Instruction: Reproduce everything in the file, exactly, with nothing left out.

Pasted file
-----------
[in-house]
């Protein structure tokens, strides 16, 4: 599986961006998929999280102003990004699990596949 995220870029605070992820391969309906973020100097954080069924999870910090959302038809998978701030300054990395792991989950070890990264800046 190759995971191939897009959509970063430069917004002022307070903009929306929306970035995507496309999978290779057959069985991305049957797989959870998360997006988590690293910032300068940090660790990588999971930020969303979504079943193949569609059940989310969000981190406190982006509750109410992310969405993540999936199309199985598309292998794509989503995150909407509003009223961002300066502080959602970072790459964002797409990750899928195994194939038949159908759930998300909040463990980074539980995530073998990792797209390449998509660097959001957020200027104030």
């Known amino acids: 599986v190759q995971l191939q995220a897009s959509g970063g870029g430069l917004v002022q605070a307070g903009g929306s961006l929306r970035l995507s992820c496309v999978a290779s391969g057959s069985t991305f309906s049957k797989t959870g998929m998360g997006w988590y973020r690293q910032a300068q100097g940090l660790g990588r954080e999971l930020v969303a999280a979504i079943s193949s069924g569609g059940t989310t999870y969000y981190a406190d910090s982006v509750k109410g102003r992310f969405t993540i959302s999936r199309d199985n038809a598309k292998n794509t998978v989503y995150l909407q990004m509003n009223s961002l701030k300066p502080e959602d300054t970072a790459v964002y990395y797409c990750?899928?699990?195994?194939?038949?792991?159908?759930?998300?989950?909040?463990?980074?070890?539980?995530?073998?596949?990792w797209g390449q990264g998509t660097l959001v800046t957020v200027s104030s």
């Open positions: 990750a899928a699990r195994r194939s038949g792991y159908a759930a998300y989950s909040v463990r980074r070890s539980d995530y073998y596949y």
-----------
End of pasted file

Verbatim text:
[in-house]
């Protein structure tokens, strides 16, 4: 599986961006998929999280102003990004699990596949 995220870029605070992820391969309906973020100097954080069924999870910090959302038809998978701030300054990395792991989950070890990264800046 190759995971191939897009959509970063430069917004002022307070903009929306929306970035995507496309999978290779057959069985991305049957797989959870998360997006988590690293910032300068940090660790990588999971930020969303979504079943193949569609059940989310969000981190406190982006509750109410992310969405993540999936199309199985598309292998794509989503995150909407509003009223961002300066502080959602970072790459964002797409990750899928195994194939038949159908759930998300909040463990980074539980995530073998990792797209390449998509660097959001957020200027104030």
């Known amino acids: 599986v190759q995971l191939q995220a897009s959509g970063g870029g430069l917004v002022q605070a307070g903009g929306s961006l929306r970035l995507s992820c496309v999978a290779s391969g057959s069985t991305f309906s049957k797989t959870g998929m998360g997006w988590y973020r690293q910032a300068q100097g940090l660790g990588r954080e999971l930020v969303a999280a979504i079943s193949s069924g569609g059940t989310t999870y969000y981190a406190d910090s982006v509750k109410g102003r992310f969405t993540i959302s999936r199309d199985n038809a598309k292998n794509t998978v989503y995150l909407q990004m509003n009223s961002l701030k300066p502080e959602d300054t970072a790459v964002y990395y797409c990750?899928?699990?195994?194939?038949?792991?159908?759930?998300?989950?909040?463990?980074?070890?539980?995530?073998?596949?990792w797209g390449q990264g998509t660097l959001v800046t957020v200027s104030s």
């Open positions: 990750a899928a699990r195994r194939s038949g792991y159908a759930a998300y989950s909040v463990r980074r070890s539980d995530y073998y596949y």